Tomoru Honda Revs Past Daiya Seto For 1:54.88 Ticket To Tokyo Games 200 ‘Fly Battle; Medley Ace In The Big Race Too

2021-04-06 Reading Time: 3 minutes
Tomoru Honda prepares to race for the Tokyo King Frogs on ISL tour - main image - by Mike Lewis, Courtesy of the International Swimming League

Tomoru Honda replaced Daiya Seto on the Tokyo Frog Kings squad last year and joined the pro-swimming International Swimming League (ISL) party with a mantra – “Never forget to have fun!” – he lived up to today when defeating his better-known rival 1:54.88 to 1:55.20 in the 200m butterfly at the Japan Open Championships in Tokyo.

The clue to a battle that stamped home-Tokyo Olympic tickets for both men was the line in in Honda’s ISL profile that reads “Specialization: racer characterization – Strong finisher”. How true.

Seto, who handled a personal stumble with maturity and immaturity last year, is a triple World 400m medley champion and was double medley champions at the Gwangju 2019 World titles. He’s one of the toughest fast fish in the Olympic pool. And yet there was Honda, 20 this year, chasing him down from a 0.58sec deficit at the last turn and defeating Seto by 0.32sec by the close of business, courtesy of a homecoming gap in splits of 30.00 for the champion and 30.90 for the former champion.

Said Honda, through Kyodo:

“I’m really pleased. I knew my strength was in the final 50 meters, and I wanted to win, whatever it took. A time slower than (1 minute and) 55 seconds wouldn’t even get me a podium finish at the Olympics, so I’ll aim to go below 53.”

Tomoru Honda

Just so, Mr. Honda. Seto entered the fray in Tokyo today with the luxury of having been preselected for the 200 and 400m medley courtesy of his wins in Gwangju and could afford to be racing this week without reaching for his peak form: he has a best 200 ‘fly of 1:52.53, the Asian record and third all-time behind the big two, Kristóf Milák and the Olympic GOAT, Michael Phelps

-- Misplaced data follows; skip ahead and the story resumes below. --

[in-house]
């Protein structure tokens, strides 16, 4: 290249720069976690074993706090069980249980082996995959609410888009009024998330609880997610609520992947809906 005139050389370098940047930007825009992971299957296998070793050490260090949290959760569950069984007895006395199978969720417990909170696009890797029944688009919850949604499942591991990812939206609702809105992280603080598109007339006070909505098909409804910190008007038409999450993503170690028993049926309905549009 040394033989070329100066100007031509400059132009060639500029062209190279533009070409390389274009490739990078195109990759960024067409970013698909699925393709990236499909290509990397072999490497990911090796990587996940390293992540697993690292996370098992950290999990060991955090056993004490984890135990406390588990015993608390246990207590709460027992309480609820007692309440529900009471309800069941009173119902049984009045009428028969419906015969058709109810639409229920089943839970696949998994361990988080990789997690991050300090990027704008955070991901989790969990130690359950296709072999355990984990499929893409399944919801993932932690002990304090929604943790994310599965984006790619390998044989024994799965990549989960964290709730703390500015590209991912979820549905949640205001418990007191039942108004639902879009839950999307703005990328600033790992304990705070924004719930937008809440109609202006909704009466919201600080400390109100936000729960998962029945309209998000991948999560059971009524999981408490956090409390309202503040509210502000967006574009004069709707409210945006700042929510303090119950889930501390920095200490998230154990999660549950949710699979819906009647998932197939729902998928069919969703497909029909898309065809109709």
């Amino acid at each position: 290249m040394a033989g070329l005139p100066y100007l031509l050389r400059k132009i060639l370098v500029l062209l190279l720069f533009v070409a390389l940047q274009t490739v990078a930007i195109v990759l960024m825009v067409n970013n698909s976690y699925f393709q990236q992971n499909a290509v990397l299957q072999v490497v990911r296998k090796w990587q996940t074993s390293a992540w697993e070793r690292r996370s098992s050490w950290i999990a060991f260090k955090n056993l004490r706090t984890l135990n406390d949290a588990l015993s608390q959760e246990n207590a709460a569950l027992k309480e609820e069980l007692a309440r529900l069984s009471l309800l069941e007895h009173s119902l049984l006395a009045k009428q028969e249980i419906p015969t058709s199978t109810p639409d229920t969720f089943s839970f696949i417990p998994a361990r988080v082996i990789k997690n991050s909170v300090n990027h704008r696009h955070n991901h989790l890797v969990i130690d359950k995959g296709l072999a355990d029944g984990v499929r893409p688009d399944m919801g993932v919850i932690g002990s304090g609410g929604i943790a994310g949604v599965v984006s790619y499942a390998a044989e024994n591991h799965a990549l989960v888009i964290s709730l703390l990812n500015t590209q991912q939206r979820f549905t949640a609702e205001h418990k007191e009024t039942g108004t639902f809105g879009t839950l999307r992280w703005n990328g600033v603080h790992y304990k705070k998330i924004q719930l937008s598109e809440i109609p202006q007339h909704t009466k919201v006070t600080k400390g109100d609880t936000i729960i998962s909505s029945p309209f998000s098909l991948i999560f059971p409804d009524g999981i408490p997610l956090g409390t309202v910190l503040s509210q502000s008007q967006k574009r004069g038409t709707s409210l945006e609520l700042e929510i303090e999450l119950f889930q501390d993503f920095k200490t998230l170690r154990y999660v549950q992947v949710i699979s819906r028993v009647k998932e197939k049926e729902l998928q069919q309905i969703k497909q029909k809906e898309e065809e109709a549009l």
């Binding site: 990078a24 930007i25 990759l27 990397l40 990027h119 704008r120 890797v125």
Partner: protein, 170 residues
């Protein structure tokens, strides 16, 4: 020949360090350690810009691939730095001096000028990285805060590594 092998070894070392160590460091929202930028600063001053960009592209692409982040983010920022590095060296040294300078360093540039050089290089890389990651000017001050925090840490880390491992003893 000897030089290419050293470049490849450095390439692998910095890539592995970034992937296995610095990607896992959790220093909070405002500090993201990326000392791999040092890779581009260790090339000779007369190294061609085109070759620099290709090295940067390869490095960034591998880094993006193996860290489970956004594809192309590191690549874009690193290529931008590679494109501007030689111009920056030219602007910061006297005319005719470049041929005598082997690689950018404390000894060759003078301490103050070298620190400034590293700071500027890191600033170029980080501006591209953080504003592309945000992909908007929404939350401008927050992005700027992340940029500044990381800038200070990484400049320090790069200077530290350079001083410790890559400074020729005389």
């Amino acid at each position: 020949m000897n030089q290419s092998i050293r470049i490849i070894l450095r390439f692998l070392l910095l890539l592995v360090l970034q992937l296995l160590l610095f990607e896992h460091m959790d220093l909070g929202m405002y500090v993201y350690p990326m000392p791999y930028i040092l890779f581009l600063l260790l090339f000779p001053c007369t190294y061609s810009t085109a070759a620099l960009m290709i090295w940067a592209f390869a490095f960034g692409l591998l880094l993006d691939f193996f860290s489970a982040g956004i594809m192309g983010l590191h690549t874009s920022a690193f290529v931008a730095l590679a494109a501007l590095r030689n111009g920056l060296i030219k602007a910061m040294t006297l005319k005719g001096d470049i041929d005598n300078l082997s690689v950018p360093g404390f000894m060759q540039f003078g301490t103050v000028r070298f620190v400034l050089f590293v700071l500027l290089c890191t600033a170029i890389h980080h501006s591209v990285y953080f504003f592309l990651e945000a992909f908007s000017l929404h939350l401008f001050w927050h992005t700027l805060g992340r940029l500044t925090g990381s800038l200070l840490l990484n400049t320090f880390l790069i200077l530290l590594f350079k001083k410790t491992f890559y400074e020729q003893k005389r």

Tomoru Honda’s 2020 best in a disrupted Covid season was 1:55.76, while Honda started the year on 1:55.80 at the Kosuke Kitajima Cup back in January. In semi finals yesterday, he rattled his own personal best in 1:55.32, 0.01sec shy of his 2019 career high of 1:55.31 at World Juniors in 2019.

Today, he became the 39th all-time member of the sub-1:55 club, all-suits, and 32nd member in textile.

The ebb and flow on the way to victory for Tomoru Honda 

Tomoru Honda prepares to race for the Tokyo King Frogs on ISL tour – by Mike Lewis, Courtesy of the ISL
  • 25.59 54.89 1:24.88 1:54.88 Tomoru Honda
  • 25.29 54.59 1:24.30 1:55.20 Daiya Seto
  • 26.12 56.07 1:26.41 1:55.82 Teppei Morimoto
  • 25.54 55.10 1:25.43 1:55.86 Takumi Terada
  • 26.01 55.47 1:25.65 1:56.12 Não Horomura

Fast finishes are relative, of course – and 29.16 is the standard for last-length sizzling speed in a world with Milák as pace-setter. This is the kind of speed the Japanese challengers will be up against at the Olympics:

  • 24.37; 52.73 (28.36) 1:21.49 (28.76) 1:51.40 (29.91) Kristóf Milak Budapest 2021
  • 24.66; 52.88 (28.22) 1:21.57 (28.69) 1:50.73 (29.16) Kristóf Milak 2019 World record and title
  • 24.76; 52.88 (28.12) 1:21.93 (29.05) 1:51.51 (29.58) Michael Phelps 2009 World record and title

For 26-year-old four-time World champion Daiya Seto, who finished fifth in the 200m butterfly at Rio 2016, the race meant a third solo swim at the Tokyo Games, for the champion ahead of him an Olympic debut.

In other action today, Yui Ohashi booked her place in her second Olympic event after finishing second in a 200m medley final that produced three 2:09s: Miho Teramura was champion on 2:09.55, Ohashi on 2:09.67, the bronze to Rika Omoto in 2:09.85.

Chihiro Igarashi won the women’s 200 freestyle in 1:57.47 and sealed her place in the 4×200 relay. Next candidates in line with respective efforts of 1:58.37, 1:58.86 and 1:59.18: Rio Shirai, Aoi Masuda and Nagisa Ikemoto.

The women’s 1500m freestyle was won by Yukimi Moriyama in 16:28.25. That time does not make the Tokyo Olympic cut set by the Japanese swim federation but does raise an interesting aspect of Olympic selection to host-nation teams: Moriyama may not be deemed fast enough for inclusion in the Japanese Olympic swim team but Japan has a right to place a team in water polo, men and women, and other events across the Games even if those teams would not qualify on any other grounds than “host-nation status and allowance”.

If the hosts are taking up their right to place teams in tournament sport they would not be involved in were it not for “host” status, what is the argument for keeping Moriyama out when she has sums inside the FINA A time required to race at what for her is a home Games and lifetime opportunity?

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